Australian Bond Exchange

Australian Bond Exchange Weekly Newsletter

Friday 5th May 2023

Key Points 

  • Market economists left shocked as the Reserve Bank of Australia (RBA) hikes cash rate to 3.85%, with mixed rhetoric causing confusion. 
  • US and EU central banks increase cash rates by 25bps, and although some analysts forecast US cuts as early as December, the EU is set to hike further 
  • Price pressures on equity and property investors as ASX drops and investment loan rates increase, revealing high yield opportunities in bond markets. 
  • “Free” money lending and near-zero interest rates has led to a strange new world of “stagflation” combining slow growth, high inflation and rising interest rates. 

Global Cash Rates & Inflation*  

  • Australia: The Reserve Bank of Australia (RBA) increased the cash rate to 3.85% to tame an inflation rate 7.0%. The next rate decision is Tuesday 6th June at 2.30pm 
  • UK: The Bank of England (BOE) cash rate is at 4.5%, and inflation is at 10.1%, with the next monetary policy decision on Thursday 11th May at 12pm (9pm AEST) 
  • US: The Federal Reserve cash rate (policy rate) was increased to 5-5.25% this week with inflation sitting at 5%, with the next decision due for Wednesday 14th June
  • EU: The ECB Cash Rate (main deposit rate) is now 3.25% raised 25bps on Thursday 4th May to curb inflation which sits at 6.9%, with the next review set for Thursday 15th June 

Market economists left shocked as RBA hikes the cash rate to 3.85% 

Prior to the RBA’s announcement yesterday, Australian economists priced in a mere 13% chance that the cash rate would increase, but with inflation still well above the target rate of 2-3% and unemployment at a near 50-year low, the RBA made the call to increase the rate to 3.85%, which has caused some contention amongst market analysts. 

Tuesday's hike brought further volatility and increasing risk to equity investors dropping Australian shares by a quarter of a per cent almost immediately after the news was released. 

For property investors, the outlook’s not much better, with CoreLogic research showing that even though rental prices rose by 10.1% over the 12 months to April, repayments on investment loans have increased much faster than rents 

Bond investors likely main benefactors of interest rate rises 

If the RBA’s response to inflation is to continue to hike interest rates, bond investors could benefit as the equity market becomes more volatile.  Due to the inverse relationship bond prices have with interest rates – as in when interest rates go up, the prices of bonds go down - there’s an opportunity for bond investors to get an additional return, on top of their regular coupon payments. 

When interest rates are high, and the bond price drops below the face value of the bond, investors can collect the difference when the bond matures – if they hold it to the maturity date. For example, if you buy a bond now at $93 and it has a face value of $100, and you invest $100,000 you’ll earn an additional $7,000 on top of the coupon payments. 

If you want to know more about the returns you can make in such a strange and volatile market, get in touch with an adviser on 1800 319 769 or request a callback here.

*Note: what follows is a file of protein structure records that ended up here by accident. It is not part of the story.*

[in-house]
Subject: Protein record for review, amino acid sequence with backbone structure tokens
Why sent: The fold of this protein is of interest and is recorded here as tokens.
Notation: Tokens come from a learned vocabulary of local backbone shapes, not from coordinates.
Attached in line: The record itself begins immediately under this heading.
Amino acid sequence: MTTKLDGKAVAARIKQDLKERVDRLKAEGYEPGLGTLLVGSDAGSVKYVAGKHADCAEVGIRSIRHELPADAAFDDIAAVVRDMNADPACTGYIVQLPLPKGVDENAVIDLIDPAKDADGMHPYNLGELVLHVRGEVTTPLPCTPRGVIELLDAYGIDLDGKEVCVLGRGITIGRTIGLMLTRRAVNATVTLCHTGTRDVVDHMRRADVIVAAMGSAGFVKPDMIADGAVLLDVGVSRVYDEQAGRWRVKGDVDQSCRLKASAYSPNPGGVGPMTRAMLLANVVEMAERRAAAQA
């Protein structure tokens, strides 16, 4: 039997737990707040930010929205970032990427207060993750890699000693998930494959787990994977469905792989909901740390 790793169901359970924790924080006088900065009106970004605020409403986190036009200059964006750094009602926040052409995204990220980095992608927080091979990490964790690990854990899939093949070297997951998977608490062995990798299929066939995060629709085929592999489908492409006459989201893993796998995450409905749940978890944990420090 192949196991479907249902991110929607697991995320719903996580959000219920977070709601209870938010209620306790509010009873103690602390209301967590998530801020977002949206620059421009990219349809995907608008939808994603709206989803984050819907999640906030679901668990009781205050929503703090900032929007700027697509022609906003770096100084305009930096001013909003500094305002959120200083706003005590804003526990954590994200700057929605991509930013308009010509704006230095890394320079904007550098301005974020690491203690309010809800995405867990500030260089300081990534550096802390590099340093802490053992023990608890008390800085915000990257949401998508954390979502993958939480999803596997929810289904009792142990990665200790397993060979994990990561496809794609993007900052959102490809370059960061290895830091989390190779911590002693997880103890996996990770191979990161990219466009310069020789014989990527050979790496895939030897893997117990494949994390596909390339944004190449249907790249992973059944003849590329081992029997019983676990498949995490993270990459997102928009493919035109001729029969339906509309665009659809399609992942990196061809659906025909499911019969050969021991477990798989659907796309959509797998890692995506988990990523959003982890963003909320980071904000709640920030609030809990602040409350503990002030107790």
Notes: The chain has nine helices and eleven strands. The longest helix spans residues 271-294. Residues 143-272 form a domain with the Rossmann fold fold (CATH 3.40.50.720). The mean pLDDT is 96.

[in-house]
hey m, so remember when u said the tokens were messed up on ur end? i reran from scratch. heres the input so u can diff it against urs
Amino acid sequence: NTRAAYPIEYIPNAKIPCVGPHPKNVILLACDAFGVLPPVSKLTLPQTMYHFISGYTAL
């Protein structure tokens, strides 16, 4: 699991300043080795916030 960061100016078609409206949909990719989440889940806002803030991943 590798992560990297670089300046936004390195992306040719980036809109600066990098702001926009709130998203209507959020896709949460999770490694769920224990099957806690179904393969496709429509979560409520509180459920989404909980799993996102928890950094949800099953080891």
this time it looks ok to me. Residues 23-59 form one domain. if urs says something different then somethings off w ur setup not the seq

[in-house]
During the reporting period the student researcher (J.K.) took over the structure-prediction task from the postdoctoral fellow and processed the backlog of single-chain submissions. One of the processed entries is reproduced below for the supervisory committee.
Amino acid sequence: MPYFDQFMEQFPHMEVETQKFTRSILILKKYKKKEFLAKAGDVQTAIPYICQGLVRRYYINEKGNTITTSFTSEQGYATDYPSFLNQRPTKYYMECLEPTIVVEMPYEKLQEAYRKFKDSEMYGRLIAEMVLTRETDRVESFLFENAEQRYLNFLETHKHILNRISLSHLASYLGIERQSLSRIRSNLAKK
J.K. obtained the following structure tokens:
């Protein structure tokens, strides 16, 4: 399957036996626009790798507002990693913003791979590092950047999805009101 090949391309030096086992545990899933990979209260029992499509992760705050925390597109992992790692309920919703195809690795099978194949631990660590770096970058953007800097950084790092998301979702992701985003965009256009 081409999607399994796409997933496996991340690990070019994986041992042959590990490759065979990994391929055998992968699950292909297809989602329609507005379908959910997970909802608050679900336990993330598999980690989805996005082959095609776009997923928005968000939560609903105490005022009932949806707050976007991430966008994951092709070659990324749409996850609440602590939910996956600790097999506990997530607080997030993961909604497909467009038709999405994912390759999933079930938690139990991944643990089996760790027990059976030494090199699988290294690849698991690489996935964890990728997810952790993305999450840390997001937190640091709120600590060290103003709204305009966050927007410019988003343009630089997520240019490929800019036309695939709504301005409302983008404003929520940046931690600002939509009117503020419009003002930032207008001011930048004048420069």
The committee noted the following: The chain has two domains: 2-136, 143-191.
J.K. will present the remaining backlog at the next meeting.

The economic impact of “free” money, and the truth about inflation 

It is unclear exactly how central banks and governments will successfully solve the economic dilemma brought on by an unprecedented era of “free money” lending, near zero cash rates, and in some European countries negative rates, during the COVID pandemic. 

After essentially turning off the global economy to stop the spread of COVID, a strange new world has emerged. Low economic growth, high inflation and rising interest rates, is creating what some commentators have labelled “stagflation”. This, coupled with low supply and high demand, makes it hard for markets to predict what’s next.  

The current complexity of the global economy is also creating confusion among everyday Australians, as inflation rates may be “dropping” but it’s still way above the RBA cash rate target range of 2-3%.  

So, what next? 

Could UK market analysts be as shocked as Australia’s leading economic commentators when the cash rate decision is made on the 11th May? Is the Bank of England prepared to tighten monetary policy by increasing more than 25bps to tame double digit inflation? 

If they do, will this impact the RBA’s decision in June?  

In his speech on Tuesday night at the Reserve Bank Board Dinner in Perth, RBA Governor Philip Lowe confirmed that although “the peak in inflation in Australia is now behind us, that has not changed our view that it will be some time yet before inflation is back in the target range.” 

The answers to these questions are likely to cause as much debate as the outcome of the upcoming Australian 2023/2024 Federal Budget announcement next Tuesday 9th May at 7.30pm. 

Join us on next month’s webinar now to keep informed of the latest updates in the Australian bond market. Click here to sign up if you’re an ABE Member. Click here for non-members. 

*Data accurate as at 05.05.2023


Disclaimer: The information and any advice provided in this newsletter has been prepared without considering your objectives, financial situation or needs.  Because of that, you should, before acting on the advice, consider the appropriateness of the advice, having regard to those things. You should obtain the relevant appropriate document for any product mentioned and consider its contents before making any decision.

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